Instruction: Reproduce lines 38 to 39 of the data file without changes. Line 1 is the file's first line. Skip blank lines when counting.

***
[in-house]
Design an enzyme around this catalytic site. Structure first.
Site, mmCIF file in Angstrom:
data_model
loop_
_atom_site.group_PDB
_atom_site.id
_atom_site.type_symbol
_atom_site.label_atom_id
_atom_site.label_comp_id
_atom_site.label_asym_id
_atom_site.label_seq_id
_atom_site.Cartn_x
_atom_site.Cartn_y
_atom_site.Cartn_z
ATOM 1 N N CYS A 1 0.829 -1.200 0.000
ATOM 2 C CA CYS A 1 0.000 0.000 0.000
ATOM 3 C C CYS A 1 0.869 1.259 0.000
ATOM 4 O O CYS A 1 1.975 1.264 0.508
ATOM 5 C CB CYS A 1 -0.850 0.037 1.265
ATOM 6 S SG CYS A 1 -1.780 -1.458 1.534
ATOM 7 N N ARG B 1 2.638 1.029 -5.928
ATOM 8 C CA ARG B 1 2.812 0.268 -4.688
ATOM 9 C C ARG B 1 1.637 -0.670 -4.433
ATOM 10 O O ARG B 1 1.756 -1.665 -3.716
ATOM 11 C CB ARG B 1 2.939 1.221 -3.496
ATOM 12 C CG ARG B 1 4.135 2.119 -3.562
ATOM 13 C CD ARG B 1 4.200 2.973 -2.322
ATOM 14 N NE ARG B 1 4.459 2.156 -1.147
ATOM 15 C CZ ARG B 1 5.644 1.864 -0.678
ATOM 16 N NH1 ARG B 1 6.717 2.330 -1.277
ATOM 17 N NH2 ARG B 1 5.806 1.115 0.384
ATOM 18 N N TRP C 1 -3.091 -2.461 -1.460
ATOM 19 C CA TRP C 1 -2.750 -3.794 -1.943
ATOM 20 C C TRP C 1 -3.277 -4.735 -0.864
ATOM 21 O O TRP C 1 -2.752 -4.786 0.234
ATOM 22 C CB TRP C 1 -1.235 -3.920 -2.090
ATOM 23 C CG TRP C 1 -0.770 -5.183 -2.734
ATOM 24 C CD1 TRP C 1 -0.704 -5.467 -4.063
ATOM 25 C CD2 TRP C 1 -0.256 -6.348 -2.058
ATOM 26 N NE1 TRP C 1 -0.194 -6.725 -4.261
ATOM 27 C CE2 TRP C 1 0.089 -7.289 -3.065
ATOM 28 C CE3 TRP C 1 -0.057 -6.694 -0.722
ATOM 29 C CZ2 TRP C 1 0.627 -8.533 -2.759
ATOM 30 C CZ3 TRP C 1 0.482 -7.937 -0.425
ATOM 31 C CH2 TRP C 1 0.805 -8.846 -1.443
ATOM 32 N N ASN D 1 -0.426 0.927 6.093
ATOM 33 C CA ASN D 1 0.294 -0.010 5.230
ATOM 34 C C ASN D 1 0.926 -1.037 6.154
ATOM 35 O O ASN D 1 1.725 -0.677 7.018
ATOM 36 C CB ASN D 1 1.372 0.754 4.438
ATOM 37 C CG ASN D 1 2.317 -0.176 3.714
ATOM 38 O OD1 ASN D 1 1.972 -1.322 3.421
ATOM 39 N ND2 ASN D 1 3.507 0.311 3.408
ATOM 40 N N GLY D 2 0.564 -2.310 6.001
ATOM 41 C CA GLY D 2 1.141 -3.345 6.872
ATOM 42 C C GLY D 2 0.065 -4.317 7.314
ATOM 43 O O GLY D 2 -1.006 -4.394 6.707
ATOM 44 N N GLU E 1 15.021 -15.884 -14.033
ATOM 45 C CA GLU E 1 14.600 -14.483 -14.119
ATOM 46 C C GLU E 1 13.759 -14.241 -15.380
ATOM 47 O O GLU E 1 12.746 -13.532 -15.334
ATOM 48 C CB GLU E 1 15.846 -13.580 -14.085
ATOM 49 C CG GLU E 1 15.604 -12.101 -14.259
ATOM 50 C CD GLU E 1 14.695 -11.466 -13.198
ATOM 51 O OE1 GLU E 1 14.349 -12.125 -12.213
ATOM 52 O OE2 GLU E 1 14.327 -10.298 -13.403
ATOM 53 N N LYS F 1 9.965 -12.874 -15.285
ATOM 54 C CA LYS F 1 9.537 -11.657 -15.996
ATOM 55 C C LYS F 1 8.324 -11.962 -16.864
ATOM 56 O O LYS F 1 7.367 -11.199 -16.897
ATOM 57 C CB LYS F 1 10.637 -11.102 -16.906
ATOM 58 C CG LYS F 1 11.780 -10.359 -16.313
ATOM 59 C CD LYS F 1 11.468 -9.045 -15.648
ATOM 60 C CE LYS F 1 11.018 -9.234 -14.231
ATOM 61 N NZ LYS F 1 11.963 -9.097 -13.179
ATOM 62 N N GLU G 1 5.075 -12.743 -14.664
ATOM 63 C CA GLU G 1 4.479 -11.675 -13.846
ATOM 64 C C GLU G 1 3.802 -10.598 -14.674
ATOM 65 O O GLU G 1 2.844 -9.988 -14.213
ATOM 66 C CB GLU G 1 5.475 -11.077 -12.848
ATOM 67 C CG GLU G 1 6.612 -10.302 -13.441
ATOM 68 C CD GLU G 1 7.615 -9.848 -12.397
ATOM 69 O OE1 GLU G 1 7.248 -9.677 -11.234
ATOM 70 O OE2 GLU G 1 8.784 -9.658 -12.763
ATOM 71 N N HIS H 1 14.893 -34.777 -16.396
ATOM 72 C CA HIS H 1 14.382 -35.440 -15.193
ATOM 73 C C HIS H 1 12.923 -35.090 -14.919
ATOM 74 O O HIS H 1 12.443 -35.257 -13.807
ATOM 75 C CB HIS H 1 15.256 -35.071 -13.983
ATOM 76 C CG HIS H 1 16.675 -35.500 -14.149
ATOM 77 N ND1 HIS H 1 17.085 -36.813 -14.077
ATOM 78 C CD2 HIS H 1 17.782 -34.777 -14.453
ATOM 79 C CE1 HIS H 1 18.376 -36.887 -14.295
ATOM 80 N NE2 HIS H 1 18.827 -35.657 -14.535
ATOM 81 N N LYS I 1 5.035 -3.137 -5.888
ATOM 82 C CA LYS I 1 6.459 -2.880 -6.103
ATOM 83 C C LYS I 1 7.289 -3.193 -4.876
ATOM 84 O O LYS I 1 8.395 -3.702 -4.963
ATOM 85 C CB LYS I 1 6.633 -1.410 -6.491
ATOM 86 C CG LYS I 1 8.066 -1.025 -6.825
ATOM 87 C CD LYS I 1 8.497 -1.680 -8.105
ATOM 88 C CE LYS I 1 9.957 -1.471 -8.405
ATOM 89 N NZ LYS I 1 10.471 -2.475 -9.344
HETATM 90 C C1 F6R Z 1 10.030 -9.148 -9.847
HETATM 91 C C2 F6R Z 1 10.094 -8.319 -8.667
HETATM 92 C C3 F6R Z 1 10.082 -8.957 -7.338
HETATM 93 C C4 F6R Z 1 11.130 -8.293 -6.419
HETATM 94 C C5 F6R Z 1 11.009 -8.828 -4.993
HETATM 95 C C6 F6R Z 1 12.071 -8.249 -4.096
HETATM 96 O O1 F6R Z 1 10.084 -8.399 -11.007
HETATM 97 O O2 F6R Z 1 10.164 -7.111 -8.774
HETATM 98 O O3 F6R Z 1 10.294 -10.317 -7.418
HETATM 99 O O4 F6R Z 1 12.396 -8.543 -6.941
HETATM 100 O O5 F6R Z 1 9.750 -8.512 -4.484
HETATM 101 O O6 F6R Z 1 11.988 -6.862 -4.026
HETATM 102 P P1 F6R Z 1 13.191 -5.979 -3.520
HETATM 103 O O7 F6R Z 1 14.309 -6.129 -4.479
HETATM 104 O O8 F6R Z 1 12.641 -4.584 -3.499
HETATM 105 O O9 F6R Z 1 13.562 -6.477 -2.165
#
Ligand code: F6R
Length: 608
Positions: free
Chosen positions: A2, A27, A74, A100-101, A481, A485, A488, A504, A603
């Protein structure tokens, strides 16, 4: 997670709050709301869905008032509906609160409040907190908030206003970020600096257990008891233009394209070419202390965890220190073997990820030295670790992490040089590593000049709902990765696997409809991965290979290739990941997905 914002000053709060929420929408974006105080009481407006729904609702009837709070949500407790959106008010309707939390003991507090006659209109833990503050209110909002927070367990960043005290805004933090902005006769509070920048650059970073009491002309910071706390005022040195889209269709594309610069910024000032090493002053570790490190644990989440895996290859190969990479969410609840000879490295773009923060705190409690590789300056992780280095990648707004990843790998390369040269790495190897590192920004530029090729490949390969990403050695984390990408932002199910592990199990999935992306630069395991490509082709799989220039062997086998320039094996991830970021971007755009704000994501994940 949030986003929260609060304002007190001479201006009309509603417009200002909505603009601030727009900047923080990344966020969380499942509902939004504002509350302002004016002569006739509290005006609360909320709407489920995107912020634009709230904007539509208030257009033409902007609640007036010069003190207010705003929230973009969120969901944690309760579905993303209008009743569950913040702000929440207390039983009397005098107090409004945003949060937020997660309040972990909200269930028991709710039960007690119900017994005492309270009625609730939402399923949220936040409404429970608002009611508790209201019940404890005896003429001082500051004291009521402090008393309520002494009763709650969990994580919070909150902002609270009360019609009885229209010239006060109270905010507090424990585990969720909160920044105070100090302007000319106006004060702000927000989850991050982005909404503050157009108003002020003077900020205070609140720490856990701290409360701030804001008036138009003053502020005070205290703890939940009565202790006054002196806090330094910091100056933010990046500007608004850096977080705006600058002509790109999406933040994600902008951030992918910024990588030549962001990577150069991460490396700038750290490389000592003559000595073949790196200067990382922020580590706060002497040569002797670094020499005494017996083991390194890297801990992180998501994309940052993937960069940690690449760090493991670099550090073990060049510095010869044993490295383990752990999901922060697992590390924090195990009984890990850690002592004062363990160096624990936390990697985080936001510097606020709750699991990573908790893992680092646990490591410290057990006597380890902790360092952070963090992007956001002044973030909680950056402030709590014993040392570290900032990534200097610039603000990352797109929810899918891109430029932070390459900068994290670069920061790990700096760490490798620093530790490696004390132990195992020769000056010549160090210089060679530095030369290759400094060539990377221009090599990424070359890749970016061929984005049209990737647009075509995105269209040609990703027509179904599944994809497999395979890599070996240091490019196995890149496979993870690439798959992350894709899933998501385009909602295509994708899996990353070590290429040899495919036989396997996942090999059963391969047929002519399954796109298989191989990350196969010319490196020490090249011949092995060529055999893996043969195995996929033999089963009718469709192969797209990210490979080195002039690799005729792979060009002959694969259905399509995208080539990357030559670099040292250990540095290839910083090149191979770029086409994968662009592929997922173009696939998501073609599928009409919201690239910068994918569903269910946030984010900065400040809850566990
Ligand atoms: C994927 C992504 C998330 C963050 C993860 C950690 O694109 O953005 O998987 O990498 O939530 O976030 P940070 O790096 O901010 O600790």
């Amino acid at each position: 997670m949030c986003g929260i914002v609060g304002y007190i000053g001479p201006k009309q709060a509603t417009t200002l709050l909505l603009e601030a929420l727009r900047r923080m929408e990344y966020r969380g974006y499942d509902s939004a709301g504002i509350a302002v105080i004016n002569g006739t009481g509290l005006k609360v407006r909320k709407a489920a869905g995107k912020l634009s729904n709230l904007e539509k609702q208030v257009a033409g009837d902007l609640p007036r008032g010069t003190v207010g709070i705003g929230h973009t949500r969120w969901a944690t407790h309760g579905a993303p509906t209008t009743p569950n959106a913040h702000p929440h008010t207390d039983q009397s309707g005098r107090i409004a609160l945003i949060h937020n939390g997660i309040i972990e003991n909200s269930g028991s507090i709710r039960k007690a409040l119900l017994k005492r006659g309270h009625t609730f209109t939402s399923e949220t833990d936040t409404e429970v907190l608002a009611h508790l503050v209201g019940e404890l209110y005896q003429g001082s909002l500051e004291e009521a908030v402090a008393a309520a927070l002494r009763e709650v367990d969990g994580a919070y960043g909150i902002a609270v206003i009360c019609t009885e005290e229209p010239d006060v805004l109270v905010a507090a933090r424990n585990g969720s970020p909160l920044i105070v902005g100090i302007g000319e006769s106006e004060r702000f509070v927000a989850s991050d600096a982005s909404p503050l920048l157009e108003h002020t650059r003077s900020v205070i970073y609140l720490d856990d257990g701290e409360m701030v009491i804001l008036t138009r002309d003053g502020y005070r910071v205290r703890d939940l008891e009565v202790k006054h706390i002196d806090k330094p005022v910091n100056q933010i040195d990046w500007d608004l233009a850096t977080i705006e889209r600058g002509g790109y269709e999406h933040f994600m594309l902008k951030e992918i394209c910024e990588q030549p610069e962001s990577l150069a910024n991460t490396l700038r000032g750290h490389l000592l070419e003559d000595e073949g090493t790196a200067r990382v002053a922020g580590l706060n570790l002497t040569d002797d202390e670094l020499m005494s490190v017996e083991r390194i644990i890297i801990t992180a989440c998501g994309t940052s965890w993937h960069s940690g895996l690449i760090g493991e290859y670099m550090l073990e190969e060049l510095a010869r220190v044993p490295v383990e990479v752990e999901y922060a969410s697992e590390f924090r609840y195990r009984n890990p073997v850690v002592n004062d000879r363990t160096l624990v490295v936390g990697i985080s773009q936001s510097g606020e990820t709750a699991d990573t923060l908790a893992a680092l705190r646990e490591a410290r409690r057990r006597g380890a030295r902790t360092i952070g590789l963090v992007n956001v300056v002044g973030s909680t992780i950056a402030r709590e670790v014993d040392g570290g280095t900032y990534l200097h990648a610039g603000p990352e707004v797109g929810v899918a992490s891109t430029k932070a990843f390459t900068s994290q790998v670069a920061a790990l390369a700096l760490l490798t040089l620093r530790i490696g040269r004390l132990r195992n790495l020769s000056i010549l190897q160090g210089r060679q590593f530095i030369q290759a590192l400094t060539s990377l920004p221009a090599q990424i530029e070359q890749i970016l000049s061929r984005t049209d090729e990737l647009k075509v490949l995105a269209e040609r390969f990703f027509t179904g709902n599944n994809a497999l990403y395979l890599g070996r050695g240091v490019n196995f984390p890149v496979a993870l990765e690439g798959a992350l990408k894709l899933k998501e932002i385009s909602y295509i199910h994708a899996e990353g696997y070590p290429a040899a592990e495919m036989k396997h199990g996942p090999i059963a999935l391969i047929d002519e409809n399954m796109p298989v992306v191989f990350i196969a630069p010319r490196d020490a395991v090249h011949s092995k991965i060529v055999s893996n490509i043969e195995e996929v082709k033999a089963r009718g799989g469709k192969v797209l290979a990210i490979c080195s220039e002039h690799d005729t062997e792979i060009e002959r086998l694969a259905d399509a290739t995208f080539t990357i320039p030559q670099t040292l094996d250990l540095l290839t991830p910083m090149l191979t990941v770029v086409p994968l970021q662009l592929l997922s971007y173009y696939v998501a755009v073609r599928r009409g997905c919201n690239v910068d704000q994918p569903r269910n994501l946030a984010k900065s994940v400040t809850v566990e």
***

ATOM 23 C CG TRP C 1 -0.770 -5.183 -2.734
ATOM 24 C CD1 TRP C 1 -0.704 -5.467 -4.063